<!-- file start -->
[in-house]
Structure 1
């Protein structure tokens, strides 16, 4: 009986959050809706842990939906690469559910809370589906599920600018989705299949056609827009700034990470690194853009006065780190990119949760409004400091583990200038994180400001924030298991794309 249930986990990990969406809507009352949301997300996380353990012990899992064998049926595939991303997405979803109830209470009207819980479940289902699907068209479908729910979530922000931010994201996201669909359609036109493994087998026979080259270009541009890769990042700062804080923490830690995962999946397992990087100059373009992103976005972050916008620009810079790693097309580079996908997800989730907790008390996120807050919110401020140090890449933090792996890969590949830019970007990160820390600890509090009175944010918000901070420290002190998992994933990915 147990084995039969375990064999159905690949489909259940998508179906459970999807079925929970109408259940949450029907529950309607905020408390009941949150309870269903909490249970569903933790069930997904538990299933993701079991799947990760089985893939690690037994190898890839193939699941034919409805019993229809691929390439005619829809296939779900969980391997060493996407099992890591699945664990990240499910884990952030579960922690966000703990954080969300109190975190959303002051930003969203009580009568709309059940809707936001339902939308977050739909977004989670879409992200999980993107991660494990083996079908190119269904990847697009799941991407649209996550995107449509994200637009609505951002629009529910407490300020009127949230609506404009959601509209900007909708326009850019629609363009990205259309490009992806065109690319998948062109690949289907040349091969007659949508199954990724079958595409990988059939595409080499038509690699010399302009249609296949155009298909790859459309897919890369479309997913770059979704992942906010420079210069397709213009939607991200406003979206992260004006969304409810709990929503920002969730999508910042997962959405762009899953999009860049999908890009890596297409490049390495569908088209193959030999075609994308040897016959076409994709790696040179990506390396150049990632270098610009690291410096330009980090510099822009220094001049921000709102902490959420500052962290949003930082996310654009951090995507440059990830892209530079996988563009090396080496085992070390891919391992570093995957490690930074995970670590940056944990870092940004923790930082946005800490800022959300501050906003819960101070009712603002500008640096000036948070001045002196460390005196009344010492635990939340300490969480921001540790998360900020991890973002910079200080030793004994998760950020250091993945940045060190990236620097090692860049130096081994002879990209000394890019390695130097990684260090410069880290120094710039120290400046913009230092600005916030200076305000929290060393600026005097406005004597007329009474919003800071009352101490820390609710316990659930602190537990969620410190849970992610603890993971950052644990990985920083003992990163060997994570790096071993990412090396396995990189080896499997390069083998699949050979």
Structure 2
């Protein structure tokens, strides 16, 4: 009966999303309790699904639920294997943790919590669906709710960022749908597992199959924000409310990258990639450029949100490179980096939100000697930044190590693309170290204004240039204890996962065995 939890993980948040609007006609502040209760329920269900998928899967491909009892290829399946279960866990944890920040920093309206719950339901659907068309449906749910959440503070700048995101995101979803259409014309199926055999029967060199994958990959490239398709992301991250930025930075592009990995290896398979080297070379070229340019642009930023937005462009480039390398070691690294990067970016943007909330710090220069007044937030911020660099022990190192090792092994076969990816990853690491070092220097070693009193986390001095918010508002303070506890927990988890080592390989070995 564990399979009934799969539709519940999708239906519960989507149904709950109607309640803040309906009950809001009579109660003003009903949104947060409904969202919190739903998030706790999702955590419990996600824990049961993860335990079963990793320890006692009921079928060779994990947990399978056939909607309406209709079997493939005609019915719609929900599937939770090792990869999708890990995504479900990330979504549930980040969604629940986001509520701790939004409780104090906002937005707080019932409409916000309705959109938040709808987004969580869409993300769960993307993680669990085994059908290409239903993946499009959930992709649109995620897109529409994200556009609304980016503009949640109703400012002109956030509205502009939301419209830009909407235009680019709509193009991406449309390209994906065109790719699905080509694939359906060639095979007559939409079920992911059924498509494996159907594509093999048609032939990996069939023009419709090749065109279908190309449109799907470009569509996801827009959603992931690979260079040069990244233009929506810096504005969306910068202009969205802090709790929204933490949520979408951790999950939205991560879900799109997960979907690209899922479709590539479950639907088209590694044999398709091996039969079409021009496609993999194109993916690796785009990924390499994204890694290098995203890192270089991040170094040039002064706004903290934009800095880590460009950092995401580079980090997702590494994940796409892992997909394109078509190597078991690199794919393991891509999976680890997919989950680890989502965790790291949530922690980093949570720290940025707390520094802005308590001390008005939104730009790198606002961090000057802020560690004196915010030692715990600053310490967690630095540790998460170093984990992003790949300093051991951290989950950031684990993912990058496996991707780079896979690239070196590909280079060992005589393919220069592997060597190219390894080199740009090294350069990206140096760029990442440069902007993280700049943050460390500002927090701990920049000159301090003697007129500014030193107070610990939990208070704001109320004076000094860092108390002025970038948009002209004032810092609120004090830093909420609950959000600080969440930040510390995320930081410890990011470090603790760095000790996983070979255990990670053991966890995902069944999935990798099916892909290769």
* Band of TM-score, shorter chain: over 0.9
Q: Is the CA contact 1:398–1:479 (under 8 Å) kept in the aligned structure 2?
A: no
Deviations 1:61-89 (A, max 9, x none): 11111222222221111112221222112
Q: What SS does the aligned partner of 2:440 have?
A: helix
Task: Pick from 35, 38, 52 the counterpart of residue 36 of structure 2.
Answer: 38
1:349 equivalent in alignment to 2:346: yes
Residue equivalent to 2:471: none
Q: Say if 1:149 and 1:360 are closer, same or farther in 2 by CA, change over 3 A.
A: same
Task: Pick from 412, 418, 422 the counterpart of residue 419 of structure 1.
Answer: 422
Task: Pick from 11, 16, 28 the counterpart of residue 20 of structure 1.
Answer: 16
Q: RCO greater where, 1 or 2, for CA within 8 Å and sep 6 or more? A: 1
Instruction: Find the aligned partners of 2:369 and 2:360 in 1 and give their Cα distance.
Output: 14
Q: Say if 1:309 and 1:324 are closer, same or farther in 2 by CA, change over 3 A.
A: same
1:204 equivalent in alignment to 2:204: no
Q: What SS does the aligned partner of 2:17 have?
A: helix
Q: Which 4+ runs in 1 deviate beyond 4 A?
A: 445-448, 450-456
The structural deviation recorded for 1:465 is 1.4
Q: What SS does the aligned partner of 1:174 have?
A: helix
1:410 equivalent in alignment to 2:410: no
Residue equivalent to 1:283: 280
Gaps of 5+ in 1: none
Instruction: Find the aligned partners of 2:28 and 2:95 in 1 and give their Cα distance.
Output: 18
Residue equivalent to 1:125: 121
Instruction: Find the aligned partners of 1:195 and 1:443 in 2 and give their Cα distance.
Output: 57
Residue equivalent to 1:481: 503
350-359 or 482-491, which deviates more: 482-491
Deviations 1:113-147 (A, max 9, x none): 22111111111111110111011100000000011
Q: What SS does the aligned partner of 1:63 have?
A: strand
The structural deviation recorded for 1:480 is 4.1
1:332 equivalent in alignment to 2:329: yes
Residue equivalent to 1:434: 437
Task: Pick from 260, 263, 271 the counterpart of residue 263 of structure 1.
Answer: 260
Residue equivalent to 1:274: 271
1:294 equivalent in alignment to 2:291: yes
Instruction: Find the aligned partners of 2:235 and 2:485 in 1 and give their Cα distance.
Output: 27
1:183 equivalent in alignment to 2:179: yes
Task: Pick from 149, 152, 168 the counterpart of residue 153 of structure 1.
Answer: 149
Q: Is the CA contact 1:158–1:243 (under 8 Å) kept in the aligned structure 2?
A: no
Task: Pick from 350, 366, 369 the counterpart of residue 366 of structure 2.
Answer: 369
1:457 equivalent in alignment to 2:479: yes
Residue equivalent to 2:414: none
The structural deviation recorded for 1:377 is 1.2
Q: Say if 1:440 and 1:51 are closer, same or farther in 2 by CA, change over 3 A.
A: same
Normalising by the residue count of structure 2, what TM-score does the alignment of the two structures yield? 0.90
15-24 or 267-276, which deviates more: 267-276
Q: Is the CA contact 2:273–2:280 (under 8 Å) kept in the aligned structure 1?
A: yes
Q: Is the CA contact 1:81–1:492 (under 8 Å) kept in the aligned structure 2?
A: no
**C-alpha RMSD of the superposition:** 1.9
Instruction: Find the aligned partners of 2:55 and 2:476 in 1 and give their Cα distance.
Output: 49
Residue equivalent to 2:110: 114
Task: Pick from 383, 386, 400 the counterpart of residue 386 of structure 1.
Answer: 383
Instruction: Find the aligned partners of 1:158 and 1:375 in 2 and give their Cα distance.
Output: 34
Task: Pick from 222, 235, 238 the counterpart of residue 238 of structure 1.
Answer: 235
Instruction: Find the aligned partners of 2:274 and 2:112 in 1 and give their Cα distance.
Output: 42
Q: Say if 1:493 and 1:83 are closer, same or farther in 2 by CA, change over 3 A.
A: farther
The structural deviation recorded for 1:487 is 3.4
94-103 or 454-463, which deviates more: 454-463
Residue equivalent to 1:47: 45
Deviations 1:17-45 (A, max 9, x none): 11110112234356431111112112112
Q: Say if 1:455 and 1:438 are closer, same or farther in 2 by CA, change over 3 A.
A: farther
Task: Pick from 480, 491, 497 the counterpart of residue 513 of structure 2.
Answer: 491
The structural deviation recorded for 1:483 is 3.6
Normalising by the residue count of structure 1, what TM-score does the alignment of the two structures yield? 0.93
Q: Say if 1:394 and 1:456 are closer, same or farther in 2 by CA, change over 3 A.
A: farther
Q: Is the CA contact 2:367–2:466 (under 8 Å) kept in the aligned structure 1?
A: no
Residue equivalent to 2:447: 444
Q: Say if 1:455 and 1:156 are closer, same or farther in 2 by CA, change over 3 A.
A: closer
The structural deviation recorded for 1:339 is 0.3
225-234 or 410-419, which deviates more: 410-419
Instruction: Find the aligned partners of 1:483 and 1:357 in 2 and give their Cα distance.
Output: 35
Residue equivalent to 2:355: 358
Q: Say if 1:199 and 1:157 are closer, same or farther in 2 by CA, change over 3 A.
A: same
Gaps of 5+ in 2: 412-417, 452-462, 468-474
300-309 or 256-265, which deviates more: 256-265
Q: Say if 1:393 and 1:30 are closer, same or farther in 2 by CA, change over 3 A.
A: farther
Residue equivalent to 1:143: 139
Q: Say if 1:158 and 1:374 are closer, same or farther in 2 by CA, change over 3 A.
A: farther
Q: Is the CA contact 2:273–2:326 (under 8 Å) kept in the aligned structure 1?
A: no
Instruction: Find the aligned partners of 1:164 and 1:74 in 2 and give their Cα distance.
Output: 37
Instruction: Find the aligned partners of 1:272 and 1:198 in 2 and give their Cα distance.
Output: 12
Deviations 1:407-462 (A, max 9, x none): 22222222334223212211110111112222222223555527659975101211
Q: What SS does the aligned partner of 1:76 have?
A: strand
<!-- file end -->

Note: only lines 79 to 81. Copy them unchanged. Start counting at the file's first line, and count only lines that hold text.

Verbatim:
Task: Pick from 383, 386, 400 the counterpart of residue 386 of structure 1.
Answer: 383
Instruction: Find the aligned partners of 1:158 and 1:375 in 2 and give their Cα distance.